The Harvard Business Review out on the newsstands right now has an article about what CEOs need to know about The Cloud. I’d link to it, but it’s behind a registration wall, and it’s not really worth but a skim for those who’ve heard the term before.
My first reaction is, “Gosh, looks like we lost the battle on what the definition of ‘cloud’ is.” Basically, anything that runs on a different system that you consume is the cloud. Web, email, files, whatever. Fine, I get it and I’m fine with that. Oh well!
I felt the article had a decent review of the definition of the cloud as well as the quick benefits. However, I did want to mention one I think didn’t get enough face time.
The things offered by the cloud are not so amazing that internal IT teams couldn’t do them. Sort of. That’s what the article says, and mentions that internal IT is stretched. I agree, and I’d say that at least these third-party app providers (cloud providers, SAAS…) can afford to have such a laser-focus that they can do a really good job with what they provide. I fully think that needed to be explicitly stated as a tangible benefit. Your internal CRM is cool, but that Salesforce.com CRM is going to be the better. I thought this just needed to be really highlighted as a point.
On the flip side, I felt the review of the risks/costs of cloud were really glossed over too lightly.
Specifically I didn’t like the lack of mention on how cloud applications (like docs in the cloud or email, or CRM..) are not going to every be nearly as customizable as your own internally managed apps and products. My company is currently in the midst of reviewing the replacement of our internal Microsoft Exchange infrastructure with something like GMail/Apps. But I can guarantee that many of the little pieces in our mail and calendaring settings and tweaks and processes are just not going to be possible in someone else’s product.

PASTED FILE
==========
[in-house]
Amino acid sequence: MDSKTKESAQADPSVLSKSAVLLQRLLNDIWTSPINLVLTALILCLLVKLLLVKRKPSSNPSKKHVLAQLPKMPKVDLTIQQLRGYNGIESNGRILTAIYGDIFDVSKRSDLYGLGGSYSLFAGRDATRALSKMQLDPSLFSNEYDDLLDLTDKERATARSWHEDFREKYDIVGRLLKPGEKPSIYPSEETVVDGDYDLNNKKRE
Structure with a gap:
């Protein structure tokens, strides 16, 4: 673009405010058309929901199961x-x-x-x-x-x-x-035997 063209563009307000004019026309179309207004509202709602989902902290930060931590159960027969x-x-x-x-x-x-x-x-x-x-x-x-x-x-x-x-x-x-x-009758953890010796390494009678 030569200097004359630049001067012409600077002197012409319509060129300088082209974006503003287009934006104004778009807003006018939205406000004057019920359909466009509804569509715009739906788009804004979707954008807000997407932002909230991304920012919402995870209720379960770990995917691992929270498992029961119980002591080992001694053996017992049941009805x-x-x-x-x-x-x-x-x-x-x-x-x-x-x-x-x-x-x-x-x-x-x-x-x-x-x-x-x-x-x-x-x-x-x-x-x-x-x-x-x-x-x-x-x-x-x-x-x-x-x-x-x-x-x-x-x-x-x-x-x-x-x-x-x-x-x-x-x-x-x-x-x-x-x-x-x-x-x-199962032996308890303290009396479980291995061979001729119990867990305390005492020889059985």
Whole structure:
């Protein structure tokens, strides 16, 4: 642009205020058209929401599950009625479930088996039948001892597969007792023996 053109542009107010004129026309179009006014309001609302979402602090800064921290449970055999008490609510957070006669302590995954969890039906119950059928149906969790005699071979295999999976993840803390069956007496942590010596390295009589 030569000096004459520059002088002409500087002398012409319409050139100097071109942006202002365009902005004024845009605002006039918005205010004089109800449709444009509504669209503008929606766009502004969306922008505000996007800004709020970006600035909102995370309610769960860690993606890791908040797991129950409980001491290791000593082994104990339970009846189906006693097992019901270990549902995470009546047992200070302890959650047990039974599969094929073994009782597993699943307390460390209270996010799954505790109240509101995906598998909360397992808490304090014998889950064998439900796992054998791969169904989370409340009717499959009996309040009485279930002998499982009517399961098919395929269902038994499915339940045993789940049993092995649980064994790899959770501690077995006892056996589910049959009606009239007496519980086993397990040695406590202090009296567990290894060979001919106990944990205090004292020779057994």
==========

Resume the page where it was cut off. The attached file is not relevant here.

You get a laser-focused tool, but you get the same tool as everyone else gets, without any special sauce of your own.
Which actually brings up an entirely related point: What do you have when you and all of your competitors all use the same platform? You lose any ability to say you have better technology or better channels or better processes. You’re all going to be doing things the same way. (Some may even wonder if there might be a conflict of interest when Big Fish in an industry with bigger wallets influence a cloud provider’s tool to tailor to what they want…)
Some might praise this as a way to compete directly and solely on people and business product. I can buy that, but I’m not sure that’s something many businesses think about when going onto cloud services. In that way, the benefit is not to do work better than your competitors, it’s simply to cut costs of infrastructure.
I also felt like there was a glossed-over cost of control over your own data. At the end of the day, if you move to another provider or go back in-house or want to provide and have assurances that your data is protected and private and recoverable, you’re working under blind faith with your cloud provider. At least with internal infrastructure, you have unlimited ability to audit, test, and verify. (At the cost of an unlimited ability to cut corners, lie, cheat, and be negligent/ignorant.)
Essentially, we had this cycle where we moved from mainframes and time/cycle clocks and sharing to decentralized PCs, and we’re moving back to centralized computing. Yes, it will go back again, and repeat and probably for the same reasons: customization and control.